From left: Kathinka Furst, associate director of the Environmental Research Center; Toddi Steelman, dean of Duke’s Nicholas School of the Environment; Gao Haiyan, inaugural vice chancellor for academic affairs; Marcia France, dean of undergraduate studies; and Katherine Robertson, director of faculty affairs.
With China’s rapid development bringing enormous environmental challenges, graduates of Duke Kunshan’s international master of environmental policy (iMEP) program are well positioned to help the country – and the wider world – tackle the issues head on.
That was the assessment by Toddi Steelman, dean of Duke University’s Nicholas School of the Environment, after seeing presentations by several iMEP students during her first visit to the joint-venture university.
“I was really impressed with these students. They are going to be the next generation of environmental policy managers in a country that sorely needs them,” she said.
“While the pace of development in China is impressive, it has created enormous environmental challenges. This group of students is poised to tackle these issues head on. I very much look forward to seeing where they go and how they influence the direction of the country in future years.”
Since graduating in late April, several students from iMEP’s inaugural class have landed coveted spots at leading research institutes or companies, with one accepted onto a Ph.D. program at the National University of Singapore and another recruited as a senior analyst at Scott Madden, the global management consulting firm.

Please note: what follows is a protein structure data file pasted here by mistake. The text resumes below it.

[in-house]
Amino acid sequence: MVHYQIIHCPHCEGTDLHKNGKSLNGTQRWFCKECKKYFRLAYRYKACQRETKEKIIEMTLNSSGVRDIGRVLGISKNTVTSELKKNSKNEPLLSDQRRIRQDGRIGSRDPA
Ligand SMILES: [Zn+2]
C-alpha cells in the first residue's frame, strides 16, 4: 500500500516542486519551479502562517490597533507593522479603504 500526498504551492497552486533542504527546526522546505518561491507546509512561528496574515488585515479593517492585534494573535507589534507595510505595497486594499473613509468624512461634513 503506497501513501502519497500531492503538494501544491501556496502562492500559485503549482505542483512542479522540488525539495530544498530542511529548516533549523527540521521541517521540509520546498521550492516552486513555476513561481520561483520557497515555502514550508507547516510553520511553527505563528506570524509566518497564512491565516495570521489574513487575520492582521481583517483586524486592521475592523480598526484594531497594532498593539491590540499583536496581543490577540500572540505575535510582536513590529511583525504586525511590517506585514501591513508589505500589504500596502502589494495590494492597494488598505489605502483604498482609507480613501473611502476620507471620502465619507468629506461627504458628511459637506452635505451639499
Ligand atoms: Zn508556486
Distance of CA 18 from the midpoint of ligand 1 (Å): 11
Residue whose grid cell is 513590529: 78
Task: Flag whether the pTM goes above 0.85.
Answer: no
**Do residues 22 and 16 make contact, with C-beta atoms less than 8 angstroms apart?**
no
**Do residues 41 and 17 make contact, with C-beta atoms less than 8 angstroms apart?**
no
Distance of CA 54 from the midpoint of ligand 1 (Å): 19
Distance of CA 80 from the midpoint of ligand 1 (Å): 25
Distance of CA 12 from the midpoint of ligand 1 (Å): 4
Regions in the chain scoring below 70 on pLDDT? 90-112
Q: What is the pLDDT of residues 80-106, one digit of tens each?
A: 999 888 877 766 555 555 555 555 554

“Our connections with DKU will be very important to the Nicholas School given the iMEP program and the significant challenges China faces on this environmental front,” she said. “I want to encourage more of our faculty to contribute to what is happening on this exciting new campus.”
Steelman, who received a Ph.D. from the Nicholas School in 1996, has been recognized internationally for her expertise in environmental and natural resource policy. She was appointed dean in the summer of 2018.
She said the school has faculty conducting research all over the world, including in West Africa, the Middle East, South America, Southeast Asia, and even the Antarctic. “We do drone work down there to document whale behavior,” she explained.
Making her first visit to Duke Kunshan in the spring, she said she was surprised by the pace of change in China and the scale of development, particularly in terms of infrastructure.
“We took the bullet train from Hangzhou to Shanghai, and I was amazed that you could build something like that in this day and age,” she said.
“China is also thinking more deliberately about its environmental challenges. While we were there, President Xi Jinping talked about the need to find ‘harmony’ with the environment, which I took to be a statement of sustainability – how to balance economic, social and environmental values.”
To learn more about the iMEP program, watch an introductory video below.